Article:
Donald Trump Jr., who set up the meeting, publicly denied that Russia was helping his father even after setting up the meeting. This lie was mutually beneficial to the Trump campaign and to Russian efforts to interfere in the campaign.
    Roger Stone is publicly accused by Mueller of lying to Congress about his attempts to coordinate with both the Trump campaign and with WikiLeaks, believed to be a conduit for Russian information warfare, regarding hacked campaign emails. Mueller’s indictment contains compelling evidence that Stone lied.
    Michael Cohen has admitted to lying to Congress about the extent and duration of negotiations on Trump’s behalf to build a Trump Tower Moscow during the 2016 campaign. Again, this included multiple, ongoing lies from both Trump’s team and the Kremlin — a cohesive set of lies that served both sets of interest.
    Trump publicly called on Russia to find Clinton’s emails — and, according to Mueller, Russian hackers tried to hack her emails that same day.
    Former National Security Adviser Michael Flynn lied to the FBI about his talks with the Russian ambassador about sanctions during the transition.
    Paul Manafort, Trump’s ex-campaign manager, gave polling data to Konstantin Kilimnik, a Russian political consultant believed to have ties to Russian intelligence, during the campaign, as Mueller’s investigation has revealed.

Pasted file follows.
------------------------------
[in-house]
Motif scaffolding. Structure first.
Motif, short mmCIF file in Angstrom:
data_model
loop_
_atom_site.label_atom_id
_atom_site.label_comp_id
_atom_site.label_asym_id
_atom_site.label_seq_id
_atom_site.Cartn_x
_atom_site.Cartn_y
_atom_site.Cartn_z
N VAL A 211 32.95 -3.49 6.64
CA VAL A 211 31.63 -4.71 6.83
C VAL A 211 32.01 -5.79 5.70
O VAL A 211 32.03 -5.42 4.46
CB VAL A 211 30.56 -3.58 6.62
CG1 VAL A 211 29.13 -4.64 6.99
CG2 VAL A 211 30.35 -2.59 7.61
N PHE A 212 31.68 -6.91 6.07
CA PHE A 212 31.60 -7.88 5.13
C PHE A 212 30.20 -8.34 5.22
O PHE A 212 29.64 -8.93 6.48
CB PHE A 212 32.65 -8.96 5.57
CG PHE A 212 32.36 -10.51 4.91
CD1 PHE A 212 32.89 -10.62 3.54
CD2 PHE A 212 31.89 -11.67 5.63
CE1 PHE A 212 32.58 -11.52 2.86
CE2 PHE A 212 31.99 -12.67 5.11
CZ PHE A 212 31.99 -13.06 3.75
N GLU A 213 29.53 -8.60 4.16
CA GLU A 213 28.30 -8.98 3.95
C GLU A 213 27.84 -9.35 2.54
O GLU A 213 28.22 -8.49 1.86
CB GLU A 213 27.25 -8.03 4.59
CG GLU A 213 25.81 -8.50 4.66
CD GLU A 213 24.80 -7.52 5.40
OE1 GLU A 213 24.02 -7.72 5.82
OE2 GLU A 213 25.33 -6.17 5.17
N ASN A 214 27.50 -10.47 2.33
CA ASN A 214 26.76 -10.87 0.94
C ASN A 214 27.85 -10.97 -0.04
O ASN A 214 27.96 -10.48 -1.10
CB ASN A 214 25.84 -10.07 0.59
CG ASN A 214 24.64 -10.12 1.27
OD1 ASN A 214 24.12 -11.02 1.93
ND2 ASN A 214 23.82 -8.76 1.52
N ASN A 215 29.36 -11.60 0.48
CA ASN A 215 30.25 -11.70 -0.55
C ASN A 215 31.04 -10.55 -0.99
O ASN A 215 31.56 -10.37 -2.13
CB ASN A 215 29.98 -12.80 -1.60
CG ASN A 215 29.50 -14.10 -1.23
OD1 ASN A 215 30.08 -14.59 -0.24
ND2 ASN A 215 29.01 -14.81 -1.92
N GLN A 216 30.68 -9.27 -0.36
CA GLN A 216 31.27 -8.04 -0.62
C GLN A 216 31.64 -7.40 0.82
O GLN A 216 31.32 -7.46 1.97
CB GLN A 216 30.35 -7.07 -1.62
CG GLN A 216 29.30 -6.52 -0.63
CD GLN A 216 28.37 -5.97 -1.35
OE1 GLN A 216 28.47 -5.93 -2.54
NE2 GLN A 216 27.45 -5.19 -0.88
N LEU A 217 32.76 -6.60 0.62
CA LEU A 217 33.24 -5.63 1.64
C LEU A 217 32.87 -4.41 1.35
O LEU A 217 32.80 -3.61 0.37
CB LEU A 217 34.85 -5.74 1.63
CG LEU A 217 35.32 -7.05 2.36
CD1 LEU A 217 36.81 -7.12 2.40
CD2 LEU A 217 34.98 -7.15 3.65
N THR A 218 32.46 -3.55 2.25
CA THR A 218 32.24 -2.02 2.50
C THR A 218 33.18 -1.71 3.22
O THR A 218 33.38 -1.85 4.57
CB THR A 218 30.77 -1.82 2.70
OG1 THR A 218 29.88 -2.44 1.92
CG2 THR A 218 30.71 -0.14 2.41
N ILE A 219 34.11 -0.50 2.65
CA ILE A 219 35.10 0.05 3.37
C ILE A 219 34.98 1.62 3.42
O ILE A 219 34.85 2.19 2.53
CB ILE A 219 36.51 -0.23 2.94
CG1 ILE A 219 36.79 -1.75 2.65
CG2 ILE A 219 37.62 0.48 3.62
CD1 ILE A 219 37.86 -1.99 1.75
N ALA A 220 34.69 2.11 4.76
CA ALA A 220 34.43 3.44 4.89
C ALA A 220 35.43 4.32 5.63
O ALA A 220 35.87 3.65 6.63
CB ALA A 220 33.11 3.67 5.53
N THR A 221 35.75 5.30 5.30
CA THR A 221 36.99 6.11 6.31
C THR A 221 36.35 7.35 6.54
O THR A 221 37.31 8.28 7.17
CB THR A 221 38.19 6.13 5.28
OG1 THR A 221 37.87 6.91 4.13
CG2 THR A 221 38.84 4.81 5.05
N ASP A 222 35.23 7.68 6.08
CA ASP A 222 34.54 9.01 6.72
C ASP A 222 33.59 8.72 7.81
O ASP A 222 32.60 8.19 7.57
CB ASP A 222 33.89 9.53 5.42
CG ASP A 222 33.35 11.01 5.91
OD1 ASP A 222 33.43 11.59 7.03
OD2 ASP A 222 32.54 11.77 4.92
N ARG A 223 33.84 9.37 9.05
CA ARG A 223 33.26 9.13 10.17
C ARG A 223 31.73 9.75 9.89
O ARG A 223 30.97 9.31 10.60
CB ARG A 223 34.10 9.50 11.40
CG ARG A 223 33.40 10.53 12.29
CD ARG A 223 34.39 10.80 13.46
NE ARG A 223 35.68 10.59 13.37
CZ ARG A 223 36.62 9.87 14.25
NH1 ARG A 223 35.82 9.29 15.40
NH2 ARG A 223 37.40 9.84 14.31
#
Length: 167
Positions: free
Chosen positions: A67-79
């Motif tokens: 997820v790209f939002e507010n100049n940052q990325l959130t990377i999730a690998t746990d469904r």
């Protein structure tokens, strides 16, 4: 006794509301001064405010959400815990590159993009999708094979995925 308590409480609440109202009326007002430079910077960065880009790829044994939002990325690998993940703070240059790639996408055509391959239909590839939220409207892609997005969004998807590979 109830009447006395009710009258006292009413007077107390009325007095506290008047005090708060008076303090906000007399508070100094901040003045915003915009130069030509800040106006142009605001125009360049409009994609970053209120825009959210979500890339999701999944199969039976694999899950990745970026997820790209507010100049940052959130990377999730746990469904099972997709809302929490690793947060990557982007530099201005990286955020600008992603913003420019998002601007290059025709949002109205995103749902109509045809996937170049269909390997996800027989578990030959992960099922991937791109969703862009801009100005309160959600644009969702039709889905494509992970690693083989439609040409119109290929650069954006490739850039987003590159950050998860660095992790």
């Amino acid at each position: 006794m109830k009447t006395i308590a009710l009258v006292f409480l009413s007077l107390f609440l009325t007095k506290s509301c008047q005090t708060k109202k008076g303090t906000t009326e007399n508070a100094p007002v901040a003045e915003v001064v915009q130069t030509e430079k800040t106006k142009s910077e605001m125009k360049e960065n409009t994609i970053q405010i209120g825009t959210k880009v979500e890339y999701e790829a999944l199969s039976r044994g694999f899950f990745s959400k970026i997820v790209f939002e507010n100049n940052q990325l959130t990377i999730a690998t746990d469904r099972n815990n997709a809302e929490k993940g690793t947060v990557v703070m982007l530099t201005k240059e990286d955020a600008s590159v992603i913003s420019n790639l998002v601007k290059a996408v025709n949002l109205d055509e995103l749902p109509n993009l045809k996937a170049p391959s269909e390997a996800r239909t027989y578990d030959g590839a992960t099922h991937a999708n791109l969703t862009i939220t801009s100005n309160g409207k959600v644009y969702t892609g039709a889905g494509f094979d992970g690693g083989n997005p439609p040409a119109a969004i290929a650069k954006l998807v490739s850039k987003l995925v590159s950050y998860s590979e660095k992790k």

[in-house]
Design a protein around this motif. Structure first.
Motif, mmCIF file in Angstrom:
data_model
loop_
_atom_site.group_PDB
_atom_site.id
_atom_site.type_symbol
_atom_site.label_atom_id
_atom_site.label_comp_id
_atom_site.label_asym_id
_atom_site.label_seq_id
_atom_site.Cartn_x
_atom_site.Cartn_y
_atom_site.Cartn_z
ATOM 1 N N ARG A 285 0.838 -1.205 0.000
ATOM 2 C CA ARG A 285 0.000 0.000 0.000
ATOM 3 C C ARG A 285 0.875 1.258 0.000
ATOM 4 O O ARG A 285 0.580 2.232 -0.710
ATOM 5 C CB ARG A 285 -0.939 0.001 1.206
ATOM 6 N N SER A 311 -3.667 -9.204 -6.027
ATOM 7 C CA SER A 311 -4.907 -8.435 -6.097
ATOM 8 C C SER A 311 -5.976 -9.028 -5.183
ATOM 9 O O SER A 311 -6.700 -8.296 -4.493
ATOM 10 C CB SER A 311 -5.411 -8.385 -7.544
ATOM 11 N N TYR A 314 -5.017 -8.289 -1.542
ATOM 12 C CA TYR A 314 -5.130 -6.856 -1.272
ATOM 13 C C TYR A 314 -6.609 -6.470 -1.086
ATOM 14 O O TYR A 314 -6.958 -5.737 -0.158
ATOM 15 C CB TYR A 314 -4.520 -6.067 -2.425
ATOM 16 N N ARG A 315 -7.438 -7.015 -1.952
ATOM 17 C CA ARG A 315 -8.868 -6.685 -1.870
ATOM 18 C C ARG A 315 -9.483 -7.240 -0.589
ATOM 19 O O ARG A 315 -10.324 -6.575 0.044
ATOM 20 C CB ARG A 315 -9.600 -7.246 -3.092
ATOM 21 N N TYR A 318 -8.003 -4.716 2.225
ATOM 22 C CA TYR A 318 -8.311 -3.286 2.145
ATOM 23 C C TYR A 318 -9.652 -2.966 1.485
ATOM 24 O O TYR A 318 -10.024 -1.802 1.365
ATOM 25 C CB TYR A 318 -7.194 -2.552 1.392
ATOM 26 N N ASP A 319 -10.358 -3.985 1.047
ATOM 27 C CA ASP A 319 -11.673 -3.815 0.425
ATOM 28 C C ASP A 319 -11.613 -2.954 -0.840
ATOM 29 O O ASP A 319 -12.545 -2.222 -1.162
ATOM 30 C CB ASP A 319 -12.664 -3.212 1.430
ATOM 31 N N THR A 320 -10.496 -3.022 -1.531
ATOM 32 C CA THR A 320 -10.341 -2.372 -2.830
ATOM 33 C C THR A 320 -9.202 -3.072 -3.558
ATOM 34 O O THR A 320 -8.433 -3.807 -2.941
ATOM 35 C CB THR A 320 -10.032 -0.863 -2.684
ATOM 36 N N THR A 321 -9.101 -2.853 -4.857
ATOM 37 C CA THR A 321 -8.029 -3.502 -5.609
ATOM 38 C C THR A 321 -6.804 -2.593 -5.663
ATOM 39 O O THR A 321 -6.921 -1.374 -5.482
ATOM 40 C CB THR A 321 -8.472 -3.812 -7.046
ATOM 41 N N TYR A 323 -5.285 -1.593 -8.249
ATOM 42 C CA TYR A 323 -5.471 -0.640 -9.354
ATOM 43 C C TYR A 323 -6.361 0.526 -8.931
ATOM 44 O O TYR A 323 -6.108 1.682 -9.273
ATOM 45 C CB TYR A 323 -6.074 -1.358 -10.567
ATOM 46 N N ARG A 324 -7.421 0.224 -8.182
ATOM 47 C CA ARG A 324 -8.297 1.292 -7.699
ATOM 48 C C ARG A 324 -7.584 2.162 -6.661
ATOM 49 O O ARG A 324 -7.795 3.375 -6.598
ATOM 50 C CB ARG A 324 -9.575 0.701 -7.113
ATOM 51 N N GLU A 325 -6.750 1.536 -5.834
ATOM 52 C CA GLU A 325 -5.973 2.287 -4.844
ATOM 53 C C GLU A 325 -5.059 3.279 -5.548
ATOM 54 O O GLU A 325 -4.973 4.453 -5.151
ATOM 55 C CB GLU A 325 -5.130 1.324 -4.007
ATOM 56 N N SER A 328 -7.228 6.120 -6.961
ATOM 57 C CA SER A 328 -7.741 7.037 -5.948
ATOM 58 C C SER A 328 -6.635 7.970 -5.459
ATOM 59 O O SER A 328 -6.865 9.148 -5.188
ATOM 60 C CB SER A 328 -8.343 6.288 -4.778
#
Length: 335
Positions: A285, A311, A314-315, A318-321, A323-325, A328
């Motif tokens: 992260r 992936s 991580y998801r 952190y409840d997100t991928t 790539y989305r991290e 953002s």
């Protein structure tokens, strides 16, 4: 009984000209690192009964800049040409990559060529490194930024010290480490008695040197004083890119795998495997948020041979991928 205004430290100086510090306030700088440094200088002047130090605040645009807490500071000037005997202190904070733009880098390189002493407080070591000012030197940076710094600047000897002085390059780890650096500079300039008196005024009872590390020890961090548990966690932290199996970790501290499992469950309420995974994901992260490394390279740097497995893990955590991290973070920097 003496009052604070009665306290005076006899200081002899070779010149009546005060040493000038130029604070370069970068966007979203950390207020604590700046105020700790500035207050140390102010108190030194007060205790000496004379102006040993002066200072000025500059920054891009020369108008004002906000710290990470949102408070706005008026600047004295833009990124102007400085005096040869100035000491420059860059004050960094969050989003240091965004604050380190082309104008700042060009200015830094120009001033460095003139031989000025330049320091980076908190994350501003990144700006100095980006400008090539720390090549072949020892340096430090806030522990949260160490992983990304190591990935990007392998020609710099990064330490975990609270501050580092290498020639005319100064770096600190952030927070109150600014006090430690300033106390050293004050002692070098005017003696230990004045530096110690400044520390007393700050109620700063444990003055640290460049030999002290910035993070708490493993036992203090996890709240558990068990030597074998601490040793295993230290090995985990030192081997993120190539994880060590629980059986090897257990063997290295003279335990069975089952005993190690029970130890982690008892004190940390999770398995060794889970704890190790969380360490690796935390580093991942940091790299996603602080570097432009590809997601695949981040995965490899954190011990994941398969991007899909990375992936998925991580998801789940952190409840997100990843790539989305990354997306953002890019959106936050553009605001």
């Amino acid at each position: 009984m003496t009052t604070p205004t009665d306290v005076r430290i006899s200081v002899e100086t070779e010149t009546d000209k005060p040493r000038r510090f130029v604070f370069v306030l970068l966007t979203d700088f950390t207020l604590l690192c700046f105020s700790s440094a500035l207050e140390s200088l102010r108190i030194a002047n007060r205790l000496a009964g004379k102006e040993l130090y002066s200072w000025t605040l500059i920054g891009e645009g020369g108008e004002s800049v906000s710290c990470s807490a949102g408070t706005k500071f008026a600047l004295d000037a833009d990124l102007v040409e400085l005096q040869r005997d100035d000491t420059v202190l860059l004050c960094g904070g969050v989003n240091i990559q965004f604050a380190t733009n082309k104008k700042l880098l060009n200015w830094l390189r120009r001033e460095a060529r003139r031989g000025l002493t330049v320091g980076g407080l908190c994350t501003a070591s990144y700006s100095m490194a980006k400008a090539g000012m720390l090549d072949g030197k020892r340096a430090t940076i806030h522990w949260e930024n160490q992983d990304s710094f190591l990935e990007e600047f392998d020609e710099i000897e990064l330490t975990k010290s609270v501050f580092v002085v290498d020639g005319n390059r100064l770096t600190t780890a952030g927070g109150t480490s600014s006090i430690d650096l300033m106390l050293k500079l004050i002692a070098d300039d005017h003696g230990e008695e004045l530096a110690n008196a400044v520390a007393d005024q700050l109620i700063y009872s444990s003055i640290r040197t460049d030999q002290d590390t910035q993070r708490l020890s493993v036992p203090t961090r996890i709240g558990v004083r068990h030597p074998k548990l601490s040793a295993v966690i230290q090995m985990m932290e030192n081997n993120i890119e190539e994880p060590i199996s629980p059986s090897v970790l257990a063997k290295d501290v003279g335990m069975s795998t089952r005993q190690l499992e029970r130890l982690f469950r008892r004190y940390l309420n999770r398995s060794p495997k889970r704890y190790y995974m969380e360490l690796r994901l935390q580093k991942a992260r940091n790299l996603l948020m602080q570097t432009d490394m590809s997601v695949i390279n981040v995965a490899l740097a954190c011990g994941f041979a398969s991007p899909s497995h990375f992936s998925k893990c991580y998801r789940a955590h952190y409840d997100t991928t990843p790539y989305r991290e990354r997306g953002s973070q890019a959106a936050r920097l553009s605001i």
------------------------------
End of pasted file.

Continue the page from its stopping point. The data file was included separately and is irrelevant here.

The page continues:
Manafort has also pleaded guilty to conspiring with Kilimnik in 2018 to tamper with witnesses to protect themselves from the Russia investigation. Manafort also admitted to conspiring with Kilimnik to violate the Foreign Agents Registration Act and to launder money from Ukraine.

All of these incidents should uncontroversially be seen as, at the very least, evidence of collusion, if not outright collusion itself. Some of it is even literally the criminal act of conspiracy.

Given this fact, it’s very difficult to see why Burr — who has generally been regarded as above the partisan fray much more than, say, Rep. Devin Nunes (R-CA), who used to chair the House Intelligence Committee — is going along with Trump’s obviously false “no collusion line.”

Reporter Marcy Wheeler noted on her blog that, in the case of Manafort’s actions, in particular, the reasonable GOP response would be anger at Manafort: